Authors present the so called introspective convolutional network (ICN), a deep learning model that is able, using a single model, to generate negative example in order to improve the network training and in turn its classification performances. The proposed model is compared with a state-of-the-art discriminative convolutional neural network (CNN) for classification, namely ResNet, and with other two networks sharing a similar approach with the ICN. Classification scores over well known benchmark dataset confirms a performance gain.
The paper is well written and the proposed method is interesting in my opinion.
I have one question: did you consider to compare your ICN against a deep belief network (DBN)? a DBN is in fact a probabilistic generative model also used for classification that, during the pre-trainining phase uses a generative model of the input data by means of a stack of Restricted Boltzmann machine and then, in the fine tuning, it is trained such a multilayer perceptron using gradient descent and backpropagation. I think that a comparison with that network could further improve the quality of the paper.
Which programming languages or libraries did you use for your network? Please clarify and let the source code be avilable, for example on github
What are the computation time? please add a table
Figure 1 is too small, please increase its size
The key idea of ICN is to: 1) train a base classifier and use it to generate pseudo-negative samples; 2) add the generated samples to the original training dataset and fit a new classifier on it.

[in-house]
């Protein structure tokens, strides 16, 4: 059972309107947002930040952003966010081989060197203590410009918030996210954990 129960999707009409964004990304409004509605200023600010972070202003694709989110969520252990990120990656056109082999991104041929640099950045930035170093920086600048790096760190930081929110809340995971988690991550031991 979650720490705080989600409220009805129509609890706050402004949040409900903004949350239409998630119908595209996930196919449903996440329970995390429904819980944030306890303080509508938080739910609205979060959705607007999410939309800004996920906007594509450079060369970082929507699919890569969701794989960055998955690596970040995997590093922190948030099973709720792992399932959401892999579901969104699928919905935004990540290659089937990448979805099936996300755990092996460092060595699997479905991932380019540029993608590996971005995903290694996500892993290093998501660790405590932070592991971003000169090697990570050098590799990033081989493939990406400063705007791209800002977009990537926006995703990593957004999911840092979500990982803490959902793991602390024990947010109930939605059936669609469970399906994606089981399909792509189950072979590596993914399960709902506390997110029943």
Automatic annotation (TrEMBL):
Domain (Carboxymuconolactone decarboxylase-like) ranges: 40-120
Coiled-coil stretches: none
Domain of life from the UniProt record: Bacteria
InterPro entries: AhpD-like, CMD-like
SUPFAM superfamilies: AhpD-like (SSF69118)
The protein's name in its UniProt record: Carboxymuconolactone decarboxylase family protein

The main drawback of this approach is that it is very easy for the classifier to overfit on the positive samples, as indicated in Figure 1. Although the authors give convergence analysis (line 212), the assumption (that the classifier trained on new samples always improves over the old classifier) is too strong. As a result, the reviewer is not convinced by the proposed algorithm.
The experimental results are not convincing as well. The baseline results reported in the experiments are far from the state of the art (SOTA) results, e.g., 0.77 vs 0.21 (SOTA) on the MNIST dataset. The proposed algorithm is a meta-algorithm, which does not depend on the underlying architecture of the base classifier. Therefore, it is more convincing if the authors use the SOTA (or close to SOTA) neural classifier architecture as the baseline, and then see if using the idea of ICN could improve on it.
A key assumption in the formulation (line 106) is that the priors are equal: p(y=1)=p(y=-1). This can be problematic; as most real datasets have unbalanced class labels.
The multi-class formulation (line 244) pushes the classifier away from the generated pseudo-negative samples. However, the pseudo-negative samples are generated for each class. A natural question is what if the pseudo-negative sample of class-1 is the pseudo-positive sample of class-2? In that case, pushing the classifier away from this sample could degrade the classifier accuracy for class-2.